VOA reporters around the world focused on the worth of a girl to reveal how a young bride is valued by the family she leaves behind, the one she joins, and to learn the cost to the girl herself of marrying before age 18.

For this pan-VOA project, we collaborated with 13 language services to report first-person narratives exploring this global problem.

Ultimately we used short videos and text-based stories of 15 child brides (and one girl who escaped the fate). For five countries—the United States, Mexico, Pakistan, Indonesia and Tanzania—VOA journalists wrote expanded stories describing how the girls’ stories illustrate the state of child marriage in the region.



The scope and scale of this project was definitely larger than previous projects I’ve worked on. Coordinating reporting, maintaining consistent standards and ensuring that progress was being made across within the individual projects were a challenge. To help with that, I created a series of spreadsheets, text documents and Trello boards for tracking our progress.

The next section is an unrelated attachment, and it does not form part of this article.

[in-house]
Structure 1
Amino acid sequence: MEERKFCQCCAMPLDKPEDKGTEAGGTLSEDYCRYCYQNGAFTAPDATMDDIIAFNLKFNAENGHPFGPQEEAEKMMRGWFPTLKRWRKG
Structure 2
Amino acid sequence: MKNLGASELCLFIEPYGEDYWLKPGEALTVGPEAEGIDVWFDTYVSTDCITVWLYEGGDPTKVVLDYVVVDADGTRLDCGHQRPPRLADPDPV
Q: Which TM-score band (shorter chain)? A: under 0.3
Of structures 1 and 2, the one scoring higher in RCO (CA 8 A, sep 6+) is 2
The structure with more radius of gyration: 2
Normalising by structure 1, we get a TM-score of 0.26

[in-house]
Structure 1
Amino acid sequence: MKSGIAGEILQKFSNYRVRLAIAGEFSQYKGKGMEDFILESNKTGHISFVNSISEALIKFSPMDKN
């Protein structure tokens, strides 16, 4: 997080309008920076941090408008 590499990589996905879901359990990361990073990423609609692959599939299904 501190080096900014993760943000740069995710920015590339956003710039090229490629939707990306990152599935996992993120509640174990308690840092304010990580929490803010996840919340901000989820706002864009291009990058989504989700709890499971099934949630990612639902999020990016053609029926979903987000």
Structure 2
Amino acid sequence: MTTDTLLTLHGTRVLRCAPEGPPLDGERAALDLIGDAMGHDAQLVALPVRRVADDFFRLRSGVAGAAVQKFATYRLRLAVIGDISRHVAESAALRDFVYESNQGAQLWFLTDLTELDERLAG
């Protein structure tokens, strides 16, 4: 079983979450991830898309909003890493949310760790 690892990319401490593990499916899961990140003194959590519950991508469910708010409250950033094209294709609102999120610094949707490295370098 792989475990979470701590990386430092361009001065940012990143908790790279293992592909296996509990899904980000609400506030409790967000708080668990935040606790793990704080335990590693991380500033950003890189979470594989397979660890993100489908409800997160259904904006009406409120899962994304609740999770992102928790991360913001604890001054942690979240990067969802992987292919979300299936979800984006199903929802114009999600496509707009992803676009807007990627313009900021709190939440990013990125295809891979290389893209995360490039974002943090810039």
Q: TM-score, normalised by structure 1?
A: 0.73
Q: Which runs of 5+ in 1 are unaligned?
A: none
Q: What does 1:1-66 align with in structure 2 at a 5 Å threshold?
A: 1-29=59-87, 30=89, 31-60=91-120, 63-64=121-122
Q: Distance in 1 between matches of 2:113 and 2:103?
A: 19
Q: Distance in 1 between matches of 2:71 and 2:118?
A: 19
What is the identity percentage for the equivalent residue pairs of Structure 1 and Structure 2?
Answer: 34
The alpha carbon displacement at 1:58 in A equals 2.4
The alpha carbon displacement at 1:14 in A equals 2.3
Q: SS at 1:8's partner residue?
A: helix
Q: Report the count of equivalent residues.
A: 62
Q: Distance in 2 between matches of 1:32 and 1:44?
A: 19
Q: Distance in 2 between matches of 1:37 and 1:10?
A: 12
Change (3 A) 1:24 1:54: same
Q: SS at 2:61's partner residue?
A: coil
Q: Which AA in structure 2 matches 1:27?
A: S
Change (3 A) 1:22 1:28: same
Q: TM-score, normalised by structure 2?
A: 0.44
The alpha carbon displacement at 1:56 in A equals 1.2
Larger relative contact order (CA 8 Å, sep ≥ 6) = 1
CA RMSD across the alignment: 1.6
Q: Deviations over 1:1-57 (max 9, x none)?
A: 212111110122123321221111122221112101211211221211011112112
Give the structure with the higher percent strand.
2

After the initial video reports were completed, we sent freelance photographers back to follow up on some of the stories. I was responsible for photo editing hundreds of photos. Because I was also in charge of designing and developing the final project, I was able to incorporate slightly different photo edits for mobile (vertical) and larger desktop (horizontal) browsers.

I produced a series of interactive and static maps and graphics. More than any previous maps or graphics, I committed to supporting translating for the map labels and numbers. For the country labels I used Unicode’s CLDR project to provide initial translations, which were then refined as needed by the services. I also explored JavaScript’s support for International Number Formatting (Intl.NumberFormat).